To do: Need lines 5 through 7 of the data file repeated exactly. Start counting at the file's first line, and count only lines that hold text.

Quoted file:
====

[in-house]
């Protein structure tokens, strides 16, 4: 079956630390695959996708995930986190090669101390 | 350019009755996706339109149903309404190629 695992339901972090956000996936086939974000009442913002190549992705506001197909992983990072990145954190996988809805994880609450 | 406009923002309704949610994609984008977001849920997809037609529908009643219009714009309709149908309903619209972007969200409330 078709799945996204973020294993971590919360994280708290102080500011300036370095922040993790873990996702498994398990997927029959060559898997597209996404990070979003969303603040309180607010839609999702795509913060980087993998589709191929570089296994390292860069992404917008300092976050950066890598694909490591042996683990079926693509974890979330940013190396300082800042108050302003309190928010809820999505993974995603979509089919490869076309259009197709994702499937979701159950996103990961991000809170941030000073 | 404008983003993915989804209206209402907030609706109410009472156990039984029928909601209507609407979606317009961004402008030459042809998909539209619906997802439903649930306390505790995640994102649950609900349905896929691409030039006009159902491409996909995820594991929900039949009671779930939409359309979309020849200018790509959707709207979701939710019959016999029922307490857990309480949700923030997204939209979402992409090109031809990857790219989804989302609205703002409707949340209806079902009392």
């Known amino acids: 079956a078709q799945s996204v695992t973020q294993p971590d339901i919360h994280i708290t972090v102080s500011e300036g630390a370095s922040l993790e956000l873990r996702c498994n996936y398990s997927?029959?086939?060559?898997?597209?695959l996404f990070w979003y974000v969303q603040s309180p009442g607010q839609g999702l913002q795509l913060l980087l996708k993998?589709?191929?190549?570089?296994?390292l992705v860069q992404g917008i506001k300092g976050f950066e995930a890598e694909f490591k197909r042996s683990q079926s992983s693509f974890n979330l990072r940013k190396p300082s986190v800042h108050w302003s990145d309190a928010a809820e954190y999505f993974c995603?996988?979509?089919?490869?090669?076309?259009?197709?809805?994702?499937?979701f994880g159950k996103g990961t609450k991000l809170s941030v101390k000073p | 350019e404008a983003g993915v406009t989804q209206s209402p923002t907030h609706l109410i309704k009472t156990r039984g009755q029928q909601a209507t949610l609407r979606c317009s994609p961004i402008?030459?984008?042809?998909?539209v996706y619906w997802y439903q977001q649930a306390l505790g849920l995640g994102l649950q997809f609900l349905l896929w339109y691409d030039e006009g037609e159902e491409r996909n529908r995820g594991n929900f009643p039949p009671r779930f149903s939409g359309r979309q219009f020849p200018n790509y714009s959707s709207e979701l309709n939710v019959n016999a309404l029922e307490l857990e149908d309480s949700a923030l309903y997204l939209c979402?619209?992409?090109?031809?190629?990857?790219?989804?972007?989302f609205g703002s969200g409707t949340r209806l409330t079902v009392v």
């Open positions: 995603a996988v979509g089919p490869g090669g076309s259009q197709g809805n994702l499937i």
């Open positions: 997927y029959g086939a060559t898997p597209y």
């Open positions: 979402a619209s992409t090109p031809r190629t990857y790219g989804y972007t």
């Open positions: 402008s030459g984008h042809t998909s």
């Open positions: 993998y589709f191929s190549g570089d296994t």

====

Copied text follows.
């Open positions: 997927y029959g086939a060559t898997p597209y």
């Open positions: 979402a619209s992409t090109p031809r190629t990857y790219g989804y972007t």
């Open positions: 402008s030459g984008h042809t998909s």